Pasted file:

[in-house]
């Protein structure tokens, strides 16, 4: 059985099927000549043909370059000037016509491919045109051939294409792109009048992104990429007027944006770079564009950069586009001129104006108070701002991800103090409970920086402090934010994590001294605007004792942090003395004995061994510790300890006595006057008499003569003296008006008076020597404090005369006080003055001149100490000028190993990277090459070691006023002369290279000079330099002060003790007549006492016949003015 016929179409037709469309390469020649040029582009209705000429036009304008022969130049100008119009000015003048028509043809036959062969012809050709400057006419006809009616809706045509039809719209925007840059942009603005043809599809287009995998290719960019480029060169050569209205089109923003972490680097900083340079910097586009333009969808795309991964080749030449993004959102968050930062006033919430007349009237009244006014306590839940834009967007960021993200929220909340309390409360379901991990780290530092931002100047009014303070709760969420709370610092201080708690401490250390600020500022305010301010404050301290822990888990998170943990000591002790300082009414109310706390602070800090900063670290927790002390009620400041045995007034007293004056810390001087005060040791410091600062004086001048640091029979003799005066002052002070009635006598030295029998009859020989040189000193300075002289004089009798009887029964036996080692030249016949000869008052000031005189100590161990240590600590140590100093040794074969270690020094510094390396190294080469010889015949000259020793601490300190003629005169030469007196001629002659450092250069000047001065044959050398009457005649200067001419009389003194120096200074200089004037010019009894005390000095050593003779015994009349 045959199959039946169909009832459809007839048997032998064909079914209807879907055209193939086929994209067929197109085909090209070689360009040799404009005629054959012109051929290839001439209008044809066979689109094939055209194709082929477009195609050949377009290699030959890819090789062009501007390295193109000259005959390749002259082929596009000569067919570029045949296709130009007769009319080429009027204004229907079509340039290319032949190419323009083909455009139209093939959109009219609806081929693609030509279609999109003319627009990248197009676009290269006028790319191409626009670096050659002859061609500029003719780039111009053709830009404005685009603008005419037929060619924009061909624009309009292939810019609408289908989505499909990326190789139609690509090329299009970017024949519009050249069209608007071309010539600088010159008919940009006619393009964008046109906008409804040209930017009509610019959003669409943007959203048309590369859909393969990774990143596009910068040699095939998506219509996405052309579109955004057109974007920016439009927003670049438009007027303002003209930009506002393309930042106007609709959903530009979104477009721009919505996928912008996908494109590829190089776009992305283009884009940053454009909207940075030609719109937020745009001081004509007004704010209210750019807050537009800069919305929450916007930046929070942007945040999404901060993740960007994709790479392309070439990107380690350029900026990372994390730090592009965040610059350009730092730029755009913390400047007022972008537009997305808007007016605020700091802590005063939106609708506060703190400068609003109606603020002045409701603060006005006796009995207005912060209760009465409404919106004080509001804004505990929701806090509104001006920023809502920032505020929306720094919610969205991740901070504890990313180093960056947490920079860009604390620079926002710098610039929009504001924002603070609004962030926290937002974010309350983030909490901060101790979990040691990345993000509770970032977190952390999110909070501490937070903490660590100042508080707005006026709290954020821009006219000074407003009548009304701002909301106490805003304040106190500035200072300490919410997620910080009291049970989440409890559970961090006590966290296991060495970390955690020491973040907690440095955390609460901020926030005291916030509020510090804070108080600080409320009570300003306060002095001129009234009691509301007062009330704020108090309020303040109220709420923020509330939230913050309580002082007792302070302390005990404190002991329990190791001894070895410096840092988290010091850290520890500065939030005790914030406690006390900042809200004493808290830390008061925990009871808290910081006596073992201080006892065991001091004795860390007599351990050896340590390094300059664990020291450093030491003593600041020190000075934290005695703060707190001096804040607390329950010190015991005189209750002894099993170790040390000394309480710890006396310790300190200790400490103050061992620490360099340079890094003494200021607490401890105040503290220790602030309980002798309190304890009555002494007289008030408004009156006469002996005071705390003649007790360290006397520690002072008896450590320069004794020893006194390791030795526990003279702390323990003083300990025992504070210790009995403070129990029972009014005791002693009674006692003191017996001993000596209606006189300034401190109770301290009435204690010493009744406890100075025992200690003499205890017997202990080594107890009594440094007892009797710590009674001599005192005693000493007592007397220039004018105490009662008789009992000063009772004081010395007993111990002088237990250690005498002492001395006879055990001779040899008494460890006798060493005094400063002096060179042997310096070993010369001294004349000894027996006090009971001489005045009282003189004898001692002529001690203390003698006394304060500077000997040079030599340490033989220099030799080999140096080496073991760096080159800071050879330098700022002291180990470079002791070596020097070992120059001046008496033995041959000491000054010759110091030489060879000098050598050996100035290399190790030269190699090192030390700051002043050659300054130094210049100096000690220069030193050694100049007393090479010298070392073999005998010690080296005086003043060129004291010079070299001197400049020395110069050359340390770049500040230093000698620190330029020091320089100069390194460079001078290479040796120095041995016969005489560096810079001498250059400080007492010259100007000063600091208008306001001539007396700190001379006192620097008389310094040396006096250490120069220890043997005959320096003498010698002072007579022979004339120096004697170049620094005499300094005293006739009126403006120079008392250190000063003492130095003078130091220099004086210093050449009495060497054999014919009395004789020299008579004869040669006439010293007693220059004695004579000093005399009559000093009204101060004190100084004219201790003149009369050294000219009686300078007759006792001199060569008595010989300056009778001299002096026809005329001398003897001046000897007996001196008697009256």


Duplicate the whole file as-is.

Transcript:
[in-house]
């Protein structure tokens, strides 16, 4: 059985099927000549043909370059000037016509491919045109051939294409792109009048992104990429007027944006770079564009950069586009001129104006108070701002991800103090409970920086402090934010994590001294605007004792942090003395004995061994510790300890006595006057008499003569003296008006008076020597404090005369006080003055001149100490000028190993990277090459070691006023002369290279000079330099002060003790007549006492016949003015 016929179409037709469309390469020649040029582009209705000429036009304008022969130049100008119009000015003048028509043809036959062969012809050709400057006419006809009616809706045509039809719209925007840059942009603005043809599809287009995998290719960019480029060169050569209205089109923003972490680097900083340079910097586009333009969808795309991964080749030449993004959102968050930062006033919430007349009237009244006014306590839940834009967007960021993200929220909340309390409360379901991990780290530092931002100047009014303070709760969420709370610092201080708690401490250390600020500022305010301010404050301290822990888990998170943990000591002790300082009414109310706390602070800090900063670290927790002390009620400041045995007034007293004056810390001087005060040791410091600062004086001048640091029979003799005066002052002070009635006598030295029998009859020989040189000193300075002289004089009798009887029964036996080692030249016949000869008052000031005189100590161990240590600590140590100093040794074969270690020094510094390396190294080469010889015949000259020793601490300190003629005169030469007196001629002659450092250069000047001065044959050398009457005649200067001419009389003194120096200074200089004037010019009894005390000095050593003779015994009349 045959199959039946169909009832459809007839048997032998064909079914209807879907055209193939086929994209067929197109085909090209070689360009040799404009005629054959012109051929290839001439209008044809066979689109094939055209194709082929477009195609050949377009290699030959890819090789062009501007390295193109000259005959390749002259082929596009000569067919570029045949296709130009007769009319080429009027204004229907079509340039290319032949190419323009083909455009139209093939959109009219609806081929693609030509279609999109003319627009990248197009676009290269006028790319191409626009670096050659002859061609500029003719780039111009053709830009404005685009603008005419037929060619924009061909624009309009292939810019609408289908989505499909990326190789139609690509090329299009970017024949519009050249069209608007071309010539600088010159008919940009006619393009964008046109906008409804040209930017009509610019959003669409943007959203048309590369859909393969990774990143596009910068040699095939998506219509996405052309579109955004057109974007920016439009927003670049438009007027303002003209930009506002393309930042106007609709959903530009979104477009721009919505996928912008996908494109590829190089776009992305283009884009940053454009909207940075030609719109937020745009001081004509007004704010209210750019807050537009800069919305929450916007930046929070942007945040999404901060993740960007994709790479392309070439990107380690350029900026990372994390730090592009965040610059350009730092730029755009913390400047007022972008537009997305808007007016605020700091802590005063939106609708506060703190400068609003109606603020002045409701603060006005006796009995207005912060209760009465409404919106004080509001804004505990929701806090509104001006920023809502920032505020929306720094919610969205991740901070504890990313180093960056947490920079860009604390620079926002710098610039929009504001924002603070609004962030926290937002974010309350983030909490901060101790979990040691990345993000509770970032977190952390999110909070501490937070903490660590100042508080707005006026709290954020821009006219000074407003009548009304701002909301106490805003304040106190500035200072300490919410997620910080009291049970989440409890559970961090006590966290296991060495970390955690020491973040907690440095955390609460901020926030005291916030509020510090804070108080600080409320009570300003306060002095001129009234009691509301007062009330704020108090309020303040109220709420923020509330939230913050309580002082007792302070302390005990404190002991329990190791001894070895410096840092988290010091850290520890500065939030005790914030406690006390900042809200004493808290830390008061925990009871808290910081006596073992201080006892065991001091004795860390007599351990050896340590390094300059664990020291450093030491003593600041020190000075934290005695703060707190001096804040607390329950010190015991005189209750002894099993170790040390000394309480710890006396310790300190200790400490103050061992620490360099340079890094003494200021607490401890105040503290220790602030309980002798309190304890009555002494007289008030408004009156006469002996005071705390003649007790360290006397520690002072008896450590320069004794020893006194390791030795526990003279702390323990003083300990025992504070210790009995403070129990029972009014005791002693009674006692003191017996001993000596209606006189300034401190109770301290009435204690010493009744406890100075025992200690003499205890017997202990080594107890009594440094007892009797710590009674001599005192005693000493007592007397220039004018105490009662008789009992000063009772004081010395007993111990002088237990250690005498002492001395006879055990001779040899008494460890006798060493005094400063002096060179042997310096070993010369001294004349000894027996006090009971001489005045009282003189004898001692002529001690203390003698006394304060500077000997040079030599340490033989220099030799080999140096080496073991760096080159800071050879330098700022002291180990470079002791070596020097070992120059001046008496033995041959000491000054010759110091030489060879000098050598050996100035290399190790030269190699090192030390700051002043050659300054130094210049100096000690220069030193050694100049007393090479010298070392073999005998010690080296005086003043060129004291010079070299001197400049020395110069050359340390770049500040230093000698620190330029020091320089100069390194460079001078290479040796120095041995016969005489560096810079001498250059400080007492010259100007000063600091208008306001001539007396700190001379006192620097008389310094040396006096250490120069220890043997005959320096003498010698002072007579022979004339120096004697170049620094005499300094005293006739009126403006120079008392250190000063003492130095003078130091220099004086210093050449009495060497054999014919009395004789020299008579004869040669006439010293007693220059004695004579000093005399009559000093009204101060004190100084004219201790003149009369050294000219009686300078007759006792001199060569008595010989300056009778001299002096026809005329001398003897001046000897007996001196008697009256």